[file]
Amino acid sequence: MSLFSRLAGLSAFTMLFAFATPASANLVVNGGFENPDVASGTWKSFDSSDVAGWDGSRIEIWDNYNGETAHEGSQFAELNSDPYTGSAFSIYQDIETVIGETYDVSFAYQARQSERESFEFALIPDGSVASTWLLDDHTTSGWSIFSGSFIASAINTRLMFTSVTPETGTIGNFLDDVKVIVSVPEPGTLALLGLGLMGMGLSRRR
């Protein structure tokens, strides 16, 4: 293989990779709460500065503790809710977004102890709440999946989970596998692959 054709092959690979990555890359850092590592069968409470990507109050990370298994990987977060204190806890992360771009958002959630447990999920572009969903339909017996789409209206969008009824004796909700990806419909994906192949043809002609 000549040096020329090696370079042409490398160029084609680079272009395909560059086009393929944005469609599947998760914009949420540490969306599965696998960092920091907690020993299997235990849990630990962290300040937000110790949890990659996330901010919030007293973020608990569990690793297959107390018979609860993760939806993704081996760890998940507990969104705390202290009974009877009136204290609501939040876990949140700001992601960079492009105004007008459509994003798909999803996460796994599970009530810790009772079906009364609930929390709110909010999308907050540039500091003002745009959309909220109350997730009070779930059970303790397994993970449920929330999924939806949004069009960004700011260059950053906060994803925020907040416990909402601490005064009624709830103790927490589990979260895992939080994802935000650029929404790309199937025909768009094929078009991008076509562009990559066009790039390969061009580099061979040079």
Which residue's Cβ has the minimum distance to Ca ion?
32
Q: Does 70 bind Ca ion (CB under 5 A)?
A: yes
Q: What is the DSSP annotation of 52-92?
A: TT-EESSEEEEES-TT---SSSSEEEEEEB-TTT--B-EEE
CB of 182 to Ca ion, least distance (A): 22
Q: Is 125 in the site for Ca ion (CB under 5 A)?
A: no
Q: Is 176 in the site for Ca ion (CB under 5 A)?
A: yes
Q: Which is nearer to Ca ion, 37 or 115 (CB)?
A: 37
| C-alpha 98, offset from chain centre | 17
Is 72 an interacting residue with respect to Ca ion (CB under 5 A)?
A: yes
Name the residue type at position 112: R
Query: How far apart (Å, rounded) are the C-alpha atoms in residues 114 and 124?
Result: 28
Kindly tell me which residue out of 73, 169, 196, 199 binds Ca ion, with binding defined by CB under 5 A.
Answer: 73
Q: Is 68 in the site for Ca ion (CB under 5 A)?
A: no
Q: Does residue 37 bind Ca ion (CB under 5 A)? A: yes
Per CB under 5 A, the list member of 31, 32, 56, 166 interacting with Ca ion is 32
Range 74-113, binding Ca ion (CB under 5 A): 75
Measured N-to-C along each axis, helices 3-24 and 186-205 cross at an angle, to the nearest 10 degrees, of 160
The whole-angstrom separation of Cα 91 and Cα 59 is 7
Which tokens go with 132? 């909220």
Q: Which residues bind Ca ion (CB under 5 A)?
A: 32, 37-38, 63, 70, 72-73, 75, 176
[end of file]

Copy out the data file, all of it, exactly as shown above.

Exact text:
Amino acid sequence: MSLFSRLAGLSAFTMLFAFATPASANLVVNGGFENPDVASGTWKSFDSSDVAGWDGSRIEIWDNYNGETAHEGSQFAELNSDPYTGSAFSIYQDIETVIGETYDVSFAYQARQSERESFEFALIPDGSVASTWLLDDHTTSGWSIFSGSFIASAINTRLMFTSVTPETGTIGNFLDDVKVIVSVPEPGTLALLGLGLMGMGLSRRR
């Protein structure tokens, strides 16, 4: 293989990779709460500065503790809710977004102890709440999946989970596998692959 054709092959690979990555890359850092590592069968409470990507109050990370298994990987977060204190806890992360771009958002959630447990999920572009969903339909017996789409209206969008009824004796909700990806419909994906192949043809002609 000549040096020329090696370079042409490398160029084609680079272009395909560059086009393929944005469609599947998760914009949420540490969306599965696998960092920091907690020993299997235990849990630990962290300040937000110790949890990659996330901010919030007293973020608990569990690793297959107390018979609860993760939806993704081996760890998940507990969104705390202290009974009877009136204290609501939040876990949140700001992601960079492009105004007008459509994003798909999803996460796994599970009530810790009772079906009364609930929390709110909010999308907050540039500091003002745009959309909220109350997730009070779930059970303790397994993970449920929330999924939806949004069009960004700011260059950053906060994803925020907040416990909402601490005064009624709830103790927490589990979260895992939080994802935000650029929404790309199937025909768009094929078009991008076509562009990559066009790039390969061009580099061979040079």
Which residue's Cβ has the minimum distance to Ca ion?
32
Q: Does 70 bind Ca ion (CB under 5 A)?
A: yes
Q: What is the DSSP annotation of 52-92?
A: TT-EESSEEEEES-TT---SSSSEEEEEEB-TTT--B-EEE
CB of 182 to Ca ion, least distance (A): 22
Q: Is 125 in the site for Ca ion (CB under 5 A)?
A: no
Q: Is 176 in the site for Ca ion (CB under 5 A)?
A: yes
Q: Which is nearer to Ca ion, 37 or 115 (CB)?
A: 37
| C-alpha 98, offset from chain centre | 17
Is 72 an interacting residue with respect to Ca ion (CB under 5 A)?
A: yes
Name the residue type at position 112: R
Query: How far apart (Å, rounded) are the C-alpha atoms in residues 114 and 124?
Result: 28
Kindly tell me which residue out of 73, 169, 196, 199 binds Ca ion, with binding defined by CB under 5 A.
Answer: 73
Q: Is 68 in the site for Ca ion (CB under 5 A)?
A: no
Q: Does residue 37 bind Ca ion (CB under 5 A)? A: yes
Per CB under 5 A, the list member of 31, 32, 56, 166 interacting with Ca ion is 32
Range 74-113, binding Ca ion (CB under 5 A): 75
Measured N-to-C along each axis, helices 3-24 and 186-205 cross at an angle, to the nearest 10 degrees, of 160
The whole-angstrom separation of Cα 91 and Cα 59 is 7
Which tokens go with 132? 């909220």
Q: Which residues bind Ca ion (CB under 5 A)?
A: 32, 37-38, 63, 70, 72-73, 75, 176